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Moving Forward Together

Immigration Narrative Partnerships that Work

By Chuy Sanchez, Tammy Besherse & Diego Iniguez-Lopez

Immigrants have always been a part of our country’s story, and their contributions are what make our history unique and our collective future promising. Americans are understandably frustrated with our immigration policies, but instead of offering real solutions, some politicians are exploiting fears and playing on prejudices, touting extreme approaches that will not work in practice and do not uphold American values.1 Meanwhile, we know from research and experience around the country that there are concrete solutions to the challenges posed by current immigration policies. Painting a picture of what our country can look like with these solutions in place is crucial.

Over the past six years, the Opportunity Agenda has trained immigrant-equal-rights advocates and created a body of research and tools on the frames and messages that resonate with Americans. As the immigrant-equal-rights movement seeks federal policy reform and relief from detention and deportations, the organization leads in shaping—while disseminating a common narrative—the messages that audiences as well as policymakers receive. One place where the organization has successfully collaborated with local advocates is South Carolina. There it increased awareness and helped form coalitions that defeated key parts of the state’s anti-immigration legislation.

An Immigration Narrative

The use of a narrative is central to the Opportunity Agenda’s communications within a larger advocacy. A narrative is a set of frames to tell the story of a particular issue.2 Developing, honing, and field-testing a narrative entails collecting and integrating relevant opinion and media research with the values and priorities of movement leaders and on-the-ground experience in mobilizing the base and persuading target audiences. By adapting a narrative to their voice and purposes, diverse actors within the movement can “run with it.”

Social justice advocates are not always effective in telling a big story. They—we—often focus on short-term wins or on imparting information or statistics without context or persuasive arguments. To move hearts, minds, and policy over the long term, we need to frame messages within values-based narratives that can transform the larger conversation, shift culture, and result in lasting change.

Another way to think about a narrative is as a set of broad themes and values helping connect with persuadable audiences and build support for change.3 Anti-immigrant spokespeople have a clear narrative with two main elements: that immigrants are a threat to law and order and that they overwhelm scarce resources such as health care, education, and employment.4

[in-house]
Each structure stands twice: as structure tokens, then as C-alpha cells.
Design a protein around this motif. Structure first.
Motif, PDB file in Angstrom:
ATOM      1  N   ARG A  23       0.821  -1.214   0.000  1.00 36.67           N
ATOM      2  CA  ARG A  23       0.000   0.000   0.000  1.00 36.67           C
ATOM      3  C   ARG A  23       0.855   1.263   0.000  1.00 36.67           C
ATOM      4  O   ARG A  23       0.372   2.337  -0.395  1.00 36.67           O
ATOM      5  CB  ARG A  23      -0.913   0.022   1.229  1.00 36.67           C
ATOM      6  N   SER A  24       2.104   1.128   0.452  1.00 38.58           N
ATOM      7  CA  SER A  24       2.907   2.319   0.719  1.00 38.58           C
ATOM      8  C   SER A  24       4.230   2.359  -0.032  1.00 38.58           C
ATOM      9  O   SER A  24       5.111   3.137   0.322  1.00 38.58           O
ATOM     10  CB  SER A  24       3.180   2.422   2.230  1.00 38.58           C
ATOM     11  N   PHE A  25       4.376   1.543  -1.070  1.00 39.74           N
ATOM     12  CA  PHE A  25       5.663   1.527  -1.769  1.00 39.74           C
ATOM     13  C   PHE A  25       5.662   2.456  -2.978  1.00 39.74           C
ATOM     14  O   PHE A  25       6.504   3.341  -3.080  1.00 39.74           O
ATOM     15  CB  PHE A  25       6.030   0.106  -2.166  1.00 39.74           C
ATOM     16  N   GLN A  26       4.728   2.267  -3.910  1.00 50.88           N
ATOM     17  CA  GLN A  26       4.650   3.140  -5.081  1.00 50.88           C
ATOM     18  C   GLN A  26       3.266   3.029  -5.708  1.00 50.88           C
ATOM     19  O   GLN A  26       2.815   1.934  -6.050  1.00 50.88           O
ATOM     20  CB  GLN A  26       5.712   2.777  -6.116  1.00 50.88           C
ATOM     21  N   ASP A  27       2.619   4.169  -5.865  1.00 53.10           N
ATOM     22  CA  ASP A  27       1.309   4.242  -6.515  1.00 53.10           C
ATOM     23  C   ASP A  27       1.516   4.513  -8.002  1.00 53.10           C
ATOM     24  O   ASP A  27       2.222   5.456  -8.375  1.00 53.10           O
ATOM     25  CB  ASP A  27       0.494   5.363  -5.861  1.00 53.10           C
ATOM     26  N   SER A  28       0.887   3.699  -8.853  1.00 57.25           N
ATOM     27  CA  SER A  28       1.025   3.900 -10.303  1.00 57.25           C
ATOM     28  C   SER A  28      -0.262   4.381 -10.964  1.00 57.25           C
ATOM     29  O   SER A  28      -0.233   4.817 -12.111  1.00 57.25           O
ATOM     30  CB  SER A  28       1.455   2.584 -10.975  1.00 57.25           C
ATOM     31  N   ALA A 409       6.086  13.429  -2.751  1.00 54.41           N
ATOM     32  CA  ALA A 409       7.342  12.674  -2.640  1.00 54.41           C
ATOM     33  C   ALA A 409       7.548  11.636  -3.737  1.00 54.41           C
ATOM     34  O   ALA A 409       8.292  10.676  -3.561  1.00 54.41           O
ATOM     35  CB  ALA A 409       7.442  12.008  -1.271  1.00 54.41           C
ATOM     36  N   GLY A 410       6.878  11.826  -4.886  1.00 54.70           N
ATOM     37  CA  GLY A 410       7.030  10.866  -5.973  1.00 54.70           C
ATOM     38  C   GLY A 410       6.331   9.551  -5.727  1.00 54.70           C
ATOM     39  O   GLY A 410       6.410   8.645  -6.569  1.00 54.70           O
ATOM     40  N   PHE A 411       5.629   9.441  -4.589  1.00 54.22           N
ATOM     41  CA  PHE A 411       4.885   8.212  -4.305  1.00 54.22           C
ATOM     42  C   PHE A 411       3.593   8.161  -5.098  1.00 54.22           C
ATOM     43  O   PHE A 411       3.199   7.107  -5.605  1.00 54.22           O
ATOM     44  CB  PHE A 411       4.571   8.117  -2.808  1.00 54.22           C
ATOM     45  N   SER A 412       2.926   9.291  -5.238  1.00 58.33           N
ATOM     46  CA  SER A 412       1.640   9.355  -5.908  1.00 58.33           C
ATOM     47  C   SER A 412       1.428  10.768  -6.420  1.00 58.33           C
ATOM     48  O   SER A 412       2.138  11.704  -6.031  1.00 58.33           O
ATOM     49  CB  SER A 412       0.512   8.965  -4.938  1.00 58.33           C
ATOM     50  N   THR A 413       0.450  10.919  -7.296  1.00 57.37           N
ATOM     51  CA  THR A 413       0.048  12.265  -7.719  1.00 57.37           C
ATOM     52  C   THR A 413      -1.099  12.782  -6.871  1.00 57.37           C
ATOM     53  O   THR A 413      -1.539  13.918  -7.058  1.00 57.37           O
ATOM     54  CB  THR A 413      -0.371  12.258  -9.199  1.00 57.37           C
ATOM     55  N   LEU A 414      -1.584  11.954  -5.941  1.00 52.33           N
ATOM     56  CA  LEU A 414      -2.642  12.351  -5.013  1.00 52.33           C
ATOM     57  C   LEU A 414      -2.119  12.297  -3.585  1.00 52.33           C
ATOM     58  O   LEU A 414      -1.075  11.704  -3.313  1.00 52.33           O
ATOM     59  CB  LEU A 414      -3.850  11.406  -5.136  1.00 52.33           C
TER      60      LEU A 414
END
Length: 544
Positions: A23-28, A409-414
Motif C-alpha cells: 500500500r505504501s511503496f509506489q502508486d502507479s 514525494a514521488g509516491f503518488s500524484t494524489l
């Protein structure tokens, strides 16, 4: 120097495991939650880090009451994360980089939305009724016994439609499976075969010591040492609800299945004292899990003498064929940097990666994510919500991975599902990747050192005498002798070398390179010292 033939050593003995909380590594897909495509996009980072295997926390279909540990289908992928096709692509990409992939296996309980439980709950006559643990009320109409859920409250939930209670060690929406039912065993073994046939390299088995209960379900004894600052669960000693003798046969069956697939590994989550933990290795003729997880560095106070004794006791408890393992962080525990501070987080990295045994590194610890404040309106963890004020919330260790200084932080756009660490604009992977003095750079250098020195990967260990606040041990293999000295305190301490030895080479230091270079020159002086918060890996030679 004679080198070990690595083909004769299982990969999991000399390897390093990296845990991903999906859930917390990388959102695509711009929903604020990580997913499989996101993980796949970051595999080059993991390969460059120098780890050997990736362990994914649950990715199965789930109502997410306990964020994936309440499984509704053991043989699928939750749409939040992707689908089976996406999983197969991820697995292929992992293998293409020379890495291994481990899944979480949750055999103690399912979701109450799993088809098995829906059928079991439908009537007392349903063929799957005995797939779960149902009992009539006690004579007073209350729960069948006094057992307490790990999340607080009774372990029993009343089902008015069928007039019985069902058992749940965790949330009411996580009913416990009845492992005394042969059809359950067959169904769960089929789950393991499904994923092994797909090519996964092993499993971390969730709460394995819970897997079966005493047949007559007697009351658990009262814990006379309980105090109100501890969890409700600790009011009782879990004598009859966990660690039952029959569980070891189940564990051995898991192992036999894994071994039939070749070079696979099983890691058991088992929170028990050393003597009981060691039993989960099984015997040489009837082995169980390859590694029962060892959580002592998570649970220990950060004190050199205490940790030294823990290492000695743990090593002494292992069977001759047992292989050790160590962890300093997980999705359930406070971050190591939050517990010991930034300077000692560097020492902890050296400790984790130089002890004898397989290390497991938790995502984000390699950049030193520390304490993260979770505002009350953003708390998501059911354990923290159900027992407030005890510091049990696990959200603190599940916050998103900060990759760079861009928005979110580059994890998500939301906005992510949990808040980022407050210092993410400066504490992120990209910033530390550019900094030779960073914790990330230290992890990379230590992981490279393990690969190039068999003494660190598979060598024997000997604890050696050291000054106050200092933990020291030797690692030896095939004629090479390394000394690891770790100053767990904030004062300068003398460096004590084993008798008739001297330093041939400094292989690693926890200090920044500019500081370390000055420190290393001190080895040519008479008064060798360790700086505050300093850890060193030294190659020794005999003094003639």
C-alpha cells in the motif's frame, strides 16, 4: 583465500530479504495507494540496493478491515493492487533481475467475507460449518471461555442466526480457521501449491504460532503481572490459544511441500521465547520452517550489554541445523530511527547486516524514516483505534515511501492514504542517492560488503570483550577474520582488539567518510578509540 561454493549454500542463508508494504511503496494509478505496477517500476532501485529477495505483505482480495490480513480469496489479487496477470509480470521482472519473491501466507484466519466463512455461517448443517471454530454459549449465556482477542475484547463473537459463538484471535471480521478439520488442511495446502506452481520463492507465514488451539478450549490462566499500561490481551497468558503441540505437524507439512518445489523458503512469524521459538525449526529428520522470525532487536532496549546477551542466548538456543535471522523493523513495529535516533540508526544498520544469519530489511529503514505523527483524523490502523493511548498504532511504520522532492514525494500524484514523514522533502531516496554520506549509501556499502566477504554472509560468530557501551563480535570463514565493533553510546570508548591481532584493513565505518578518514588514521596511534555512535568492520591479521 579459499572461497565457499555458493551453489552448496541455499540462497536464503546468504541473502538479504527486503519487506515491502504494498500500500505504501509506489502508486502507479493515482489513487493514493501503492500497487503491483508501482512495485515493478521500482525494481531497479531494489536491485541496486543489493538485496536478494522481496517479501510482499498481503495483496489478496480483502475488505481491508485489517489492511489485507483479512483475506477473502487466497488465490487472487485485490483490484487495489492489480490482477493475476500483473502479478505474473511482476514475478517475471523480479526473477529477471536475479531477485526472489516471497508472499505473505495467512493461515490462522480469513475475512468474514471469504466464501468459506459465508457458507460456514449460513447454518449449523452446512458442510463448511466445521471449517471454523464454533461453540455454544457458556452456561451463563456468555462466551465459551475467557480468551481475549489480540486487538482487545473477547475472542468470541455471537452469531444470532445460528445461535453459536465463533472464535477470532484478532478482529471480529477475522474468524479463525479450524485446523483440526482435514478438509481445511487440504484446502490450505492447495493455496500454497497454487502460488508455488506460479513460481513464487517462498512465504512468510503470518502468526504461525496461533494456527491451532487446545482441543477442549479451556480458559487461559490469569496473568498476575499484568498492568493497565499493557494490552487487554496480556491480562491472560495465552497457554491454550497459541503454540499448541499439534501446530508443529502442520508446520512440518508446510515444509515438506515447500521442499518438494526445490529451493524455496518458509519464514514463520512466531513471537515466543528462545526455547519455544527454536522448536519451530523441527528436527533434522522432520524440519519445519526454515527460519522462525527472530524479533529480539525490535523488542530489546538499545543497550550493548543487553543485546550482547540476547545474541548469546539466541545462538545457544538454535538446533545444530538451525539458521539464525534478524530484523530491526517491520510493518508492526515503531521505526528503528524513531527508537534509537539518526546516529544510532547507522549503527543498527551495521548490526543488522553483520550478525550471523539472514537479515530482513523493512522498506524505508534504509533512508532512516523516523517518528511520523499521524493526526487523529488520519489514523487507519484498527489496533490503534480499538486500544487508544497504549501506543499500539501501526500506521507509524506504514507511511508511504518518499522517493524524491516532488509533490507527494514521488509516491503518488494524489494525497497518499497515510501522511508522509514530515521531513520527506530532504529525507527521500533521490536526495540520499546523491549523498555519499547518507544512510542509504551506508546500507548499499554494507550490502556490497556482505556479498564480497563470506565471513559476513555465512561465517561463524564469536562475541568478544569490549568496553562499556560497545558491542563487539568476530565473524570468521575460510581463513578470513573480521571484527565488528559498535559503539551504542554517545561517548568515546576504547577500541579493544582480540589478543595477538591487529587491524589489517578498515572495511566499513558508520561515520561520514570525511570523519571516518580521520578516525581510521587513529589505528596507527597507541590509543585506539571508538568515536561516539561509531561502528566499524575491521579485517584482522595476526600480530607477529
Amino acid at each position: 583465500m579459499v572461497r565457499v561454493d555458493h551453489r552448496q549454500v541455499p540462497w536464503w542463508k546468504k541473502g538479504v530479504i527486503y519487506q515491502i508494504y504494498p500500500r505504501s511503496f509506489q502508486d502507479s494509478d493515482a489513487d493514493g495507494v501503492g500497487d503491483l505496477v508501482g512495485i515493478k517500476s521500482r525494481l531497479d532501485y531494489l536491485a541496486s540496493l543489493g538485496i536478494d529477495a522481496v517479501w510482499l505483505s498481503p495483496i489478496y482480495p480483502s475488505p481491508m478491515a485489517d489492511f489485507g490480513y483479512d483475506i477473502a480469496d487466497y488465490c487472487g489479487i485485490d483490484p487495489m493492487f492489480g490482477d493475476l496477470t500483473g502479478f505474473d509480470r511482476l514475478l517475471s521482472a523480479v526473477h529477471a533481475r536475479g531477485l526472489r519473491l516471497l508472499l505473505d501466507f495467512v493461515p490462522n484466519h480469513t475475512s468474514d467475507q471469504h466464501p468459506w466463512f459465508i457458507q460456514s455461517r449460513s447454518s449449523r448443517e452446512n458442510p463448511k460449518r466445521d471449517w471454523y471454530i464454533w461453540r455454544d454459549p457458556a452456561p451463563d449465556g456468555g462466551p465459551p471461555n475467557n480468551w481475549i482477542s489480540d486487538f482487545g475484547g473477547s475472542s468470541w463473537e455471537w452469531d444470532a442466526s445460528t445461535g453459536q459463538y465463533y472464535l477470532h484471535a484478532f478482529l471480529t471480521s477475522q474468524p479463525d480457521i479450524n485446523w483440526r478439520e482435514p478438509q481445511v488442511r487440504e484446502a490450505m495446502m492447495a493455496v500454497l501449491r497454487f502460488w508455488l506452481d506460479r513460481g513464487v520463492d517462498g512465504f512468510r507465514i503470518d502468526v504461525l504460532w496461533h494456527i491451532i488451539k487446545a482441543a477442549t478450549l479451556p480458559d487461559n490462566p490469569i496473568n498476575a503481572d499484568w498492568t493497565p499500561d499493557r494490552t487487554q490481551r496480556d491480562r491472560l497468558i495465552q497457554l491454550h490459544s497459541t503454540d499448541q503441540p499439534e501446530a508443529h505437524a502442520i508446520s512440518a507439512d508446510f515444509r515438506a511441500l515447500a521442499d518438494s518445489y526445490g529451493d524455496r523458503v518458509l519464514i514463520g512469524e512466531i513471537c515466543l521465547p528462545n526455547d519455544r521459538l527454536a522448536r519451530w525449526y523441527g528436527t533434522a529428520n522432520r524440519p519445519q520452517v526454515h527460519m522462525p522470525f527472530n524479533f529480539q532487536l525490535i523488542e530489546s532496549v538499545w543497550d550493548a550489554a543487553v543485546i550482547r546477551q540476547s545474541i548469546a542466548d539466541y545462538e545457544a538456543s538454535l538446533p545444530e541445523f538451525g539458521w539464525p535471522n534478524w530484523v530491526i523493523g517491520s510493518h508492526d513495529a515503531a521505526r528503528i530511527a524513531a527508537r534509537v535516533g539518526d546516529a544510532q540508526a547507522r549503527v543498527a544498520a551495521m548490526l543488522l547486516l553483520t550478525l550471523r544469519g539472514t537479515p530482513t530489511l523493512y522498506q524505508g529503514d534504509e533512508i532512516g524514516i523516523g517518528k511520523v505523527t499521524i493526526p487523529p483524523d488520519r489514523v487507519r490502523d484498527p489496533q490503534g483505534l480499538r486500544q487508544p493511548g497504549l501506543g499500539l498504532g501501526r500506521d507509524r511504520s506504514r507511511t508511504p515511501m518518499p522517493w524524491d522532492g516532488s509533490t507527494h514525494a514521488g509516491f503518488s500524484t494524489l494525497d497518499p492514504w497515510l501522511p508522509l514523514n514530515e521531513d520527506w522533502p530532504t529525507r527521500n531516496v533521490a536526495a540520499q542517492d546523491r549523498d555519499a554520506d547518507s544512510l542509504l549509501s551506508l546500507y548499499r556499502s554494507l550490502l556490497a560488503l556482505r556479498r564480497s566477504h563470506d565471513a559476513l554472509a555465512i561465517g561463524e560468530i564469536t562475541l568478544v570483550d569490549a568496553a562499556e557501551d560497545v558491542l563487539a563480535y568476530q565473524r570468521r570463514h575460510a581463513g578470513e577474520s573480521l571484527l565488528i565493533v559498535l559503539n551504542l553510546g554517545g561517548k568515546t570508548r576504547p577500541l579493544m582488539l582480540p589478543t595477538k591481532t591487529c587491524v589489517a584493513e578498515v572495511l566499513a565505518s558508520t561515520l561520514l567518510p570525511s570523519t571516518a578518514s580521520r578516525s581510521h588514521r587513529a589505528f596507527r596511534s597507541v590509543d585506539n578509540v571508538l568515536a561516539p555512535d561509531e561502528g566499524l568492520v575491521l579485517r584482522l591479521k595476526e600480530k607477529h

Those of us working for positive immigration policies lack similar cohesion; we focus more on each specific policy or approach rather than a big story.5 We need to group our communications around some simple and memorable themes so that our messages begin to form a drumbeat in persuadable audiences’ minds and so that a positive story emerges to challenge the dominant themes that anti-immigrant spokespeople have been so successful in promoting. Supporting and promoting a narrative in our communication do not mean that we all must say the same thing with the same words. Rather, we each find ways to translate the narrative and its core themes to the audiences we know best.

Social justice advocates are not always effective in telling a big story.

Narratives, to be successful, should

  • lead with shared values;
  • describe problems but also point audiences toward clear solutions;
  • be informed by public opinion research, media analysis, communications practice, and collective experience;
  • be adapted to key audiences, spokespeople, subissues, and circumstances; and
  • support a coherent “drumbeat” of stories, messages, and events—both short- and long-term.

Developing a shared narrative involves collaboration in which stakeholders give input and help shape elements that not only are true to the stakeholders’ values and expertise but also resonate with target audiences. A subcommittee of issue experts and communications professionals works together to produce a draft narrative that is later vetted within the sector and tested through research and experience. Ideally it should draw from media analysis and specific opinion research.